Sibelius’s Kullervo is an undoubted masterpiece… but boy, is it a quirky one. By all conventional rules of classical musicdom, it simply should not be. Consider:
- It was the first significant orchestral work Sibelius ever wrote.
- It came from Finland, which at the time was distant corner of the Russian Empire that did not have a particularly strong or well-developed classical musical infrastructure.
- It featured singers singing in Finnish—a language that was looked down upon as being low-brow at the time.
- It chronicled the adventures of a decidedly unconventional hero from Finnish mythology.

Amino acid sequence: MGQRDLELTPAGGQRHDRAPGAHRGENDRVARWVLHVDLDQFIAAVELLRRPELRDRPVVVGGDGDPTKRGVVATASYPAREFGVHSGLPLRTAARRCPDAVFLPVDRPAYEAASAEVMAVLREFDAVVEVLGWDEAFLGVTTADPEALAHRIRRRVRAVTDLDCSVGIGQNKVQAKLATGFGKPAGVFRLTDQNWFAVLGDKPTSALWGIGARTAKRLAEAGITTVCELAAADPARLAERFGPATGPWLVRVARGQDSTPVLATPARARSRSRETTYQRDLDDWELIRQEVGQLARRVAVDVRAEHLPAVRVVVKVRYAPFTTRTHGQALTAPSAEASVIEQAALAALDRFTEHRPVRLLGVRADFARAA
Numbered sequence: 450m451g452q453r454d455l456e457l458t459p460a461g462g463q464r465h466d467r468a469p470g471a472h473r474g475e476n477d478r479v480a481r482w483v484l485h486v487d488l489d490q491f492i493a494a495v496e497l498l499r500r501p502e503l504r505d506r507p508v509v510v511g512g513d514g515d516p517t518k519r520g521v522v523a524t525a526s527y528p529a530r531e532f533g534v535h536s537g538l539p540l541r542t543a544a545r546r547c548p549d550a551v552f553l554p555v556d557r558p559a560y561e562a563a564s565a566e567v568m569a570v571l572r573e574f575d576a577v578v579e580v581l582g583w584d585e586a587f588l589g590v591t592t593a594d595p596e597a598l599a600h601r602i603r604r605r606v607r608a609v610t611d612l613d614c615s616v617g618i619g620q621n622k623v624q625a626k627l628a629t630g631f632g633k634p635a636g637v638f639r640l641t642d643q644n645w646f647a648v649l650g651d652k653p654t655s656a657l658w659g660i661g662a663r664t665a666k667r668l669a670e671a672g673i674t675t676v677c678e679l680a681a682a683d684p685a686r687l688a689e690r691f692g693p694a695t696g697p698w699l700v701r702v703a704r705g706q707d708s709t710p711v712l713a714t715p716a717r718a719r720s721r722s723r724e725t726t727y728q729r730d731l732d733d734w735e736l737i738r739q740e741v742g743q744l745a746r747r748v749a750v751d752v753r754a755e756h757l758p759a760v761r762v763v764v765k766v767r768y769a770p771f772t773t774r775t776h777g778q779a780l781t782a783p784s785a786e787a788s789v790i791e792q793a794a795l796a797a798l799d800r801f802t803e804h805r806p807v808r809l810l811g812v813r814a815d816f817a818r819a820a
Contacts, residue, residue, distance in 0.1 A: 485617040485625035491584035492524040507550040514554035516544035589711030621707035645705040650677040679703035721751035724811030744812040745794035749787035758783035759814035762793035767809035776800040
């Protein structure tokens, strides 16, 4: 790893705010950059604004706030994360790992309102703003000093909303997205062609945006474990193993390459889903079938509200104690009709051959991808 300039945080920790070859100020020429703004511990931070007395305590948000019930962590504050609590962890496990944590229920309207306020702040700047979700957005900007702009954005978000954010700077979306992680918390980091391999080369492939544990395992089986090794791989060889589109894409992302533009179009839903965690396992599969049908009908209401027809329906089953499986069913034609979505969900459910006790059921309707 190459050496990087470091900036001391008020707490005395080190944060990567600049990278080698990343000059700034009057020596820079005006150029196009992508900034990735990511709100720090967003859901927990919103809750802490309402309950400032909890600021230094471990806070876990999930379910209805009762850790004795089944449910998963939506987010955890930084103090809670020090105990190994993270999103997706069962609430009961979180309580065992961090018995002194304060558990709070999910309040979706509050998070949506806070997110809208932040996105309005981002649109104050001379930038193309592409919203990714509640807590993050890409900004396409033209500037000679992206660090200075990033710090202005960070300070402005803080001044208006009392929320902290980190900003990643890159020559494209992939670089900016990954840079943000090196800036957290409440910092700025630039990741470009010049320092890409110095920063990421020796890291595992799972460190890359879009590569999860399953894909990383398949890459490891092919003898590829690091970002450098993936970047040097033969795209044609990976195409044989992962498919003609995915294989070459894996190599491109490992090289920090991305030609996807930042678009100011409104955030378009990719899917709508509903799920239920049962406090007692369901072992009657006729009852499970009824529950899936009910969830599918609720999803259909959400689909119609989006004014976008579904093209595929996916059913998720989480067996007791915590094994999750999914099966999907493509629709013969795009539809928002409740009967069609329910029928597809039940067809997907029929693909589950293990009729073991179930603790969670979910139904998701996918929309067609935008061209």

- It was only performed five times before Sibelius withdrew it and banned all future performances of the work; it was only after his death that his heirs authorized the work to be performed again.
In short, Kullervo is an oddity, an enigma… much like the legendary figure upon which it is based.
But make no mistake, it is a masterpiece that is as startling today as it was at its premiere in 1892. It is the work that created Sibelius’s reputation. And it is a work I love to distraction. Continue reading